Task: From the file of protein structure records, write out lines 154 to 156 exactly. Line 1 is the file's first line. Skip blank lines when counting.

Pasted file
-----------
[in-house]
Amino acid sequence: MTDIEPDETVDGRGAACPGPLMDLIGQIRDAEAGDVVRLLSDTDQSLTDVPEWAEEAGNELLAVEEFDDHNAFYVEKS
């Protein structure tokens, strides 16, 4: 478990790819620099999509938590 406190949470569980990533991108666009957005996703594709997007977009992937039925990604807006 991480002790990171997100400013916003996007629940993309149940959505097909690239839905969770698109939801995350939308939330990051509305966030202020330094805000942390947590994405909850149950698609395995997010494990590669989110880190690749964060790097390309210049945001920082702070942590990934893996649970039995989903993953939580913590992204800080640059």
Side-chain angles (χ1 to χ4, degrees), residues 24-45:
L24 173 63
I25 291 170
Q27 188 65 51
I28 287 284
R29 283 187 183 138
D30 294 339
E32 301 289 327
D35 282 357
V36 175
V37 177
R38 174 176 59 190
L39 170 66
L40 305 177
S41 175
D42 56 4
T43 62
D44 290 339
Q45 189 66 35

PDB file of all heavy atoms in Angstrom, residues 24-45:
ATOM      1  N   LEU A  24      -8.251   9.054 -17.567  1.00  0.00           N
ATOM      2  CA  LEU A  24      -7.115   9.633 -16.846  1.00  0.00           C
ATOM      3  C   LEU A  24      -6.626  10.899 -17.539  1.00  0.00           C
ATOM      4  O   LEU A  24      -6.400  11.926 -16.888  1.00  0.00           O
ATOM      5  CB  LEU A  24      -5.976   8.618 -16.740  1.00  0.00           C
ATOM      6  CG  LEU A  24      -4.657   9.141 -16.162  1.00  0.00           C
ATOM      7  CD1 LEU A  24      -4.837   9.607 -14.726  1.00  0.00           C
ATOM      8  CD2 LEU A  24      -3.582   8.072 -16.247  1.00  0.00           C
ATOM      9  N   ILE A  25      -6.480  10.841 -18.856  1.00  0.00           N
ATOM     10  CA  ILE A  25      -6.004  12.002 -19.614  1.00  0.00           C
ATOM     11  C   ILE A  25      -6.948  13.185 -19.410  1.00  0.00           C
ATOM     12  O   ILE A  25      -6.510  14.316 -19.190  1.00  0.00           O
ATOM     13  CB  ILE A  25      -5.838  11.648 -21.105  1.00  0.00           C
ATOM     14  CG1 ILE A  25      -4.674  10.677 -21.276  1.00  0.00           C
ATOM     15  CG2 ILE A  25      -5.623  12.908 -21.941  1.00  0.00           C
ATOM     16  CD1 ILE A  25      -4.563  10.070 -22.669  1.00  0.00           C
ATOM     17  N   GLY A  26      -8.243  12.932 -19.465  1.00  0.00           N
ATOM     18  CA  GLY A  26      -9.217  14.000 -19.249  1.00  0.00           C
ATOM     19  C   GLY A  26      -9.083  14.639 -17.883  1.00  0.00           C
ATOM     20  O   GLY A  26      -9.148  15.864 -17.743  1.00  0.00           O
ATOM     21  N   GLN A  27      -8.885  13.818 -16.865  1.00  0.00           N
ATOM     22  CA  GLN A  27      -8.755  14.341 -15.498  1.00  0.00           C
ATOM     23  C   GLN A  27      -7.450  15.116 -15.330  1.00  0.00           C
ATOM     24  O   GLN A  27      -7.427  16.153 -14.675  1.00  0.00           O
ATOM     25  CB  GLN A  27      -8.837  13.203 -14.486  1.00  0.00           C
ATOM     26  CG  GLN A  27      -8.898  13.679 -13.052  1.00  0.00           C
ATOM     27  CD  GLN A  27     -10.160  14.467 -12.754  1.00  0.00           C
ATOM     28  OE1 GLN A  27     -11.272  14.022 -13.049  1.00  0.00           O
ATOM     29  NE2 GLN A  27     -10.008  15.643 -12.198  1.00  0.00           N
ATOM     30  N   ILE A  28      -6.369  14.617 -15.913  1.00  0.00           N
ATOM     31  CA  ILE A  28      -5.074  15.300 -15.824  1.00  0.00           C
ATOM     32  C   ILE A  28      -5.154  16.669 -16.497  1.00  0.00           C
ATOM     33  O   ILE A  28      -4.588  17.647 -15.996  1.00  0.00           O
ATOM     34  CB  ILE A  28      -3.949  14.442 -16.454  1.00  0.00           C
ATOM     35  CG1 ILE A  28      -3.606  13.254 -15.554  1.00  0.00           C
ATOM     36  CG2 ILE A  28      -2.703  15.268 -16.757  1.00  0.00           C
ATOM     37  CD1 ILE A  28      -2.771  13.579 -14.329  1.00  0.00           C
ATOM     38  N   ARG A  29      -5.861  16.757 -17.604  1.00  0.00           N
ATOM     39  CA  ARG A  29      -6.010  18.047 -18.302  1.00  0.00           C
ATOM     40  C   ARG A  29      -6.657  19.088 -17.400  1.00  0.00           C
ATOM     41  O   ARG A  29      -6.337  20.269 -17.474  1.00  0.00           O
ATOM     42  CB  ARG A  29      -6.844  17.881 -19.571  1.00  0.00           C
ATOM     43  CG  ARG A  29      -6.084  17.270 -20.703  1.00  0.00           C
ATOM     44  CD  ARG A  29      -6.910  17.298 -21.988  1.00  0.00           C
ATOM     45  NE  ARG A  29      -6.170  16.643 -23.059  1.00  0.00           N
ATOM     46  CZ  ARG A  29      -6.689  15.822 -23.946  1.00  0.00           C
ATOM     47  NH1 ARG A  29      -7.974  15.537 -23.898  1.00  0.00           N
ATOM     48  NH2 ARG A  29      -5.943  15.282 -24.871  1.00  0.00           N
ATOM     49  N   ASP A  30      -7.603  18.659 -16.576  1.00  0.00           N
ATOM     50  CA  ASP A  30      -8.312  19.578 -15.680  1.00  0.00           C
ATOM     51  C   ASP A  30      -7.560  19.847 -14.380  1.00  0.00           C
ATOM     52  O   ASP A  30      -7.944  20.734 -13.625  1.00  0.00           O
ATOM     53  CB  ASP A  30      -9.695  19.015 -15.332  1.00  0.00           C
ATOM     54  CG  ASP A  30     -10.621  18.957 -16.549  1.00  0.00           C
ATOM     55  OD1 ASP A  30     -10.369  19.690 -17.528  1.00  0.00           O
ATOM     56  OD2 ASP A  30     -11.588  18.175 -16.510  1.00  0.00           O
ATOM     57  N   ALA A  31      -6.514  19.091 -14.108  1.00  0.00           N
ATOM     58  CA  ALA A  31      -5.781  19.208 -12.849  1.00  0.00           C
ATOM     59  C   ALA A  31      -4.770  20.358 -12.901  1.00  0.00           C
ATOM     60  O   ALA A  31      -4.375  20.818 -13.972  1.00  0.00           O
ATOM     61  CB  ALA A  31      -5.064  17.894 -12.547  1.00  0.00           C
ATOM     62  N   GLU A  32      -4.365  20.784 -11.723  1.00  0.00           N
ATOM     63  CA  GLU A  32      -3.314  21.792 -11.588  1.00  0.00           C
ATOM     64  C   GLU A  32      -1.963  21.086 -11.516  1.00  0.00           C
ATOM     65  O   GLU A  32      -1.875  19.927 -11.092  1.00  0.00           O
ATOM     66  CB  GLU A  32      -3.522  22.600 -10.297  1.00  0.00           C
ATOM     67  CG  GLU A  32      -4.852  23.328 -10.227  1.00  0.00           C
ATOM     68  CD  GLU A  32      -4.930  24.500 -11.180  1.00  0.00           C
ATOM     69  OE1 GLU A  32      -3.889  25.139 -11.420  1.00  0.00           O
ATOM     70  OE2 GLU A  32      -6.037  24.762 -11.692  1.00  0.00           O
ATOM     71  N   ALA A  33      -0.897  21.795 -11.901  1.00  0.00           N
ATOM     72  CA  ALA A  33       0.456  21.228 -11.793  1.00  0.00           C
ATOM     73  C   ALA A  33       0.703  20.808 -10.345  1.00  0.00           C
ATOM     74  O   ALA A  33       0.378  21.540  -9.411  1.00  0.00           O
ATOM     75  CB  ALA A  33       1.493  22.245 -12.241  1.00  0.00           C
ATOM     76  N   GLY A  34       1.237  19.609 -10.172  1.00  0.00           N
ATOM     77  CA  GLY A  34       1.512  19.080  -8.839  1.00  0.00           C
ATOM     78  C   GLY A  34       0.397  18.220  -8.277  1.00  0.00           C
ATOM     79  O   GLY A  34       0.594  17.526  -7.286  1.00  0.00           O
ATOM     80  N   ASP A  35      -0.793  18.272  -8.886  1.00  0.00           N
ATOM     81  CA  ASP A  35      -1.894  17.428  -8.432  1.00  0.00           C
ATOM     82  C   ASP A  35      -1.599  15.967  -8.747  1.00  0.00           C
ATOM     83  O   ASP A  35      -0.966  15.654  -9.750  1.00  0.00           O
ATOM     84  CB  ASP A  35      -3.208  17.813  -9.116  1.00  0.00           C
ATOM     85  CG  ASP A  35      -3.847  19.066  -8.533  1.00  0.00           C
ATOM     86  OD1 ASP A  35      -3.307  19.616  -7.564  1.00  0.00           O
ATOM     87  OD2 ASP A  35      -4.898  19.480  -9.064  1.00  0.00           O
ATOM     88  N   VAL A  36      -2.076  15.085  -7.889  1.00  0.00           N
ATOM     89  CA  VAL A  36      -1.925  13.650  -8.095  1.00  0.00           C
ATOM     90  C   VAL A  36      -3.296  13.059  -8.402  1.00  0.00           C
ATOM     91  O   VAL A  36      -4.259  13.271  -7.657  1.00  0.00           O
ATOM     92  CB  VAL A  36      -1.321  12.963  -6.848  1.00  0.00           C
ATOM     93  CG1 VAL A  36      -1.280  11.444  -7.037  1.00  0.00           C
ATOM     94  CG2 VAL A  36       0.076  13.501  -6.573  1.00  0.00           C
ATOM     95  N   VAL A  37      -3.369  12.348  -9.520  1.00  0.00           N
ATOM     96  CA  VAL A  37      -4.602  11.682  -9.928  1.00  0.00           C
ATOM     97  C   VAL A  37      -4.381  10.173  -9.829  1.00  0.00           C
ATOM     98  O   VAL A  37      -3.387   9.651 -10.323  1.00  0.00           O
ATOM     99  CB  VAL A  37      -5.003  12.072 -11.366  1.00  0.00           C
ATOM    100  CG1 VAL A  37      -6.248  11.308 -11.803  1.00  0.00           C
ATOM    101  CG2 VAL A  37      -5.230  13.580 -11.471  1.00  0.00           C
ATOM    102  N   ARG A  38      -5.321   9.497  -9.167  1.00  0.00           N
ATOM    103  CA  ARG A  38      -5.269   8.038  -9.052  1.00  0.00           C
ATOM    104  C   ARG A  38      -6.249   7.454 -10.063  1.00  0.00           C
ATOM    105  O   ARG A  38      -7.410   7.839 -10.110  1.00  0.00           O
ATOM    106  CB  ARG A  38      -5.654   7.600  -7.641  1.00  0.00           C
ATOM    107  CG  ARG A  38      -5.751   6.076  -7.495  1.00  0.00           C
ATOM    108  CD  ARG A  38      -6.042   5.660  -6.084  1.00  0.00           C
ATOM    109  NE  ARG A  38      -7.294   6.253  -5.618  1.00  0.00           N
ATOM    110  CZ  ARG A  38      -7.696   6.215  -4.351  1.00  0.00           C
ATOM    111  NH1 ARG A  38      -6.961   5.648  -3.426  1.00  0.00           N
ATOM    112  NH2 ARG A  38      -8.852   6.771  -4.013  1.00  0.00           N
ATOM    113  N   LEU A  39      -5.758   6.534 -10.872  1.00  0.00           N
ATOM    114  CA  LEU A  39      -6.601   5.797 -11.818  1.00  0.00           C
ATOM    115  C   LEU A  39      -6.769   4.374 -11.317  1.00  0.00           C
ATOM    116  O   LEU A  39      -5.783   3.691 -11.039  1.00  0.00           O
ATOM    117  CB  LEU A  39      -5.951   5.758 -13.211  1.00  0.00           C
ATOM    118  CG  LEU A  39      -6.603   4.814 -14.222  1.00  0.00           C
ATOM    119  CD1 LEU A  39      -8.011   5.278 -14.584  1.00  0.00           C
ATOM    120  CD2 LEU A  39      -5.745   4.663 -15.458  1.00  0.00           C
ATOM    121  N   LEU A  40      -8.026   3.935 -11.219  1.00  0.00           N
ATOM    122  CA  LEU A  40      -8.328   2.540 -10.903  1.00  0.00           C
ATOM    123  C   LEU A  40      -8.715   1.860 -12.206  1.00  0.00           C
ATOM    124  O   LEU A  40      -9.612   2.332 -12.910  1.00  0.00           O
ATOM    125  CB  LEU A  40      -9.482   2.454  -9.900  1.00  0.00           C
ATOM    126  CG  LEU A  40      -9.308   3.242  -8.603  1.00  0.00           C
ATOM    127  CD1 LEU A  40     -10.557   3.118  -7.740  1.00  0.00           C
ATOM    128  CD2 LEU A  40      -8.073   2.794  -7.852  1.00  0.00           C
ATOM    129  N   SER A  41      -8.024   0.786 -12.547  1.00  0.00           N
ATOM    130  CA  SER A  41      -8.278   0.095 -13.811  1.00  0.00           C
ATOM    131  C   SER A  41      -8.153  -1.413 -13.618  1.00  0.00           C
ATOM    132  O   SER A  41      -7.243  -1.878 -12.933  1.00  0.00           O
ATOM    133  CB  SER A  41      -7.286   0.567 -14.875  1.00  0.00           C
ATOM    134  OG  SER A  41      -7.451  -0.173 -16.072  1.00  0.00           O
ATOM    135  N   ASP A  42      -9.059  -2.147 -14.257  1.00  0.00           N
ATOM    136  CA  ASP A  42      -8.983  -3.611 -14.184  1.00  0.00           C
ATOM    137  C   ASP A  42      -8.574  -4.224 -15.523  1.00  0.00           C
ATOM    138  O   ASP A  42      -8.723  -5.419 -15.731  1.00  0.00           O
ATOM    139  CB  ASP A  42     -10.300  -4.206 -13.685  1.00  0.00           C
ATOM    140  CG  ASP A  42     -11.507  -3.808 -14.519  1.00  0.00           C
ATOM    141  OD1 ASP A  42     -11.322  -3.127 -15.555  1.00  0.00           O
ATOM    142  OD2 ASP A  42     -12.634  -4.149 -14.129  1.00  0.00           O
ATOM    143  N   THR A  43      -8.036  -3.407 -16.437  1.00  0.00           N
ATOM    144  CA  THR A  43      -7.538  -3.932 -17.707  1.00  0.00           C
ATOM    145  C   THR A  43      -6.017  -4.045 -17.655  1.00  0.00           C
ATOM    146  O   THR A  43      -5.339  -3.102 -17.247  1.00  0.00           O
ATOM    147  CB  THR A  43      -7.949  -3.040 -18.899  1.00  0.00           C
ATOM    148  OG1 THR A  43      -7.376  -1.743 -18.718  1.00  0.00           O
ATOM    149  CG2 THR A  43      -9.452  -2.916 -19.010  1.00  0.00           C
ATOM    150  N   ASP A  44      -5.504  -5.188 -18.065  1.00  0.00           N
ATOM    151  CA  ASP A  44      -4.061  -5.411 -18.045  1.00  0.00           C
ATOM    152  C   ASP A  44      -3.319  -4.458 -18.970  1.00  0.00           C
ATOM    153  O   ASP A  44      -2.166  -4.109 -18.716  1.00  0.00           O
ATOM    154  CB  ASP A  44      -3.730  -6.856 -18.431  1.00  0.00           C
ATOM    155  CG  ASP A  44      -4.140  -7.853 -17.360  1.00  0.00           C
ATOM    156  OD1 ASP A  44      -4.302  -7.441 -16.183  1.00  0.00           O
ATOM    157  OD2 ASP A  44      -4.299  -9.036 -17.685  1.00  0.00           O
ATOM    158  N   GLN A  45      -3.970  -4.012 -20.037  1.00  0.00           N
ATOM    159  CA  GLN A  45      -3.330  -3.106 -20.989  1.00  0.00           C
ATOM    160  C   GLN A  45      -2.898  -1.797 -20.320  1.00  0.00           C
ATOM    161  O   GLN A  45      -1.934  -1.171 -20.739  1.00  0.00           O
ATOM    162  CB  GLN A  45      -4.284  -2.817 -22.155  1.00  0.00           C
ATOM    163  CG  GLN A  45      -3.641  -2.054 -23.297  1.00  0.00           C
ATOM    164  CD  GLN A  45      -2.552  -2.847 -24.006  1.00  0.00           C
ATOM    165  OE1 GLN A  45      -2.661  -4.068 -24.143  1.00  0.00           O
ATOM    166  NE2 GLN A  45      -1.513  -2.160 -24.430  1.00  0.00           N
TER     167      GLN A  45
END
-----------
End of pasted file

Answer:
ATOM    131  C   SER A  41      -8.153  -1.413 -13.618  1.00  0.00           C
ATOM    132  O   SER A  41      -7.243  -1.878 -12.933  1.00  0.00           O
ATOM    133  CB  SER A  41      -7.286   0.567 -14.875  1.00  0.00           C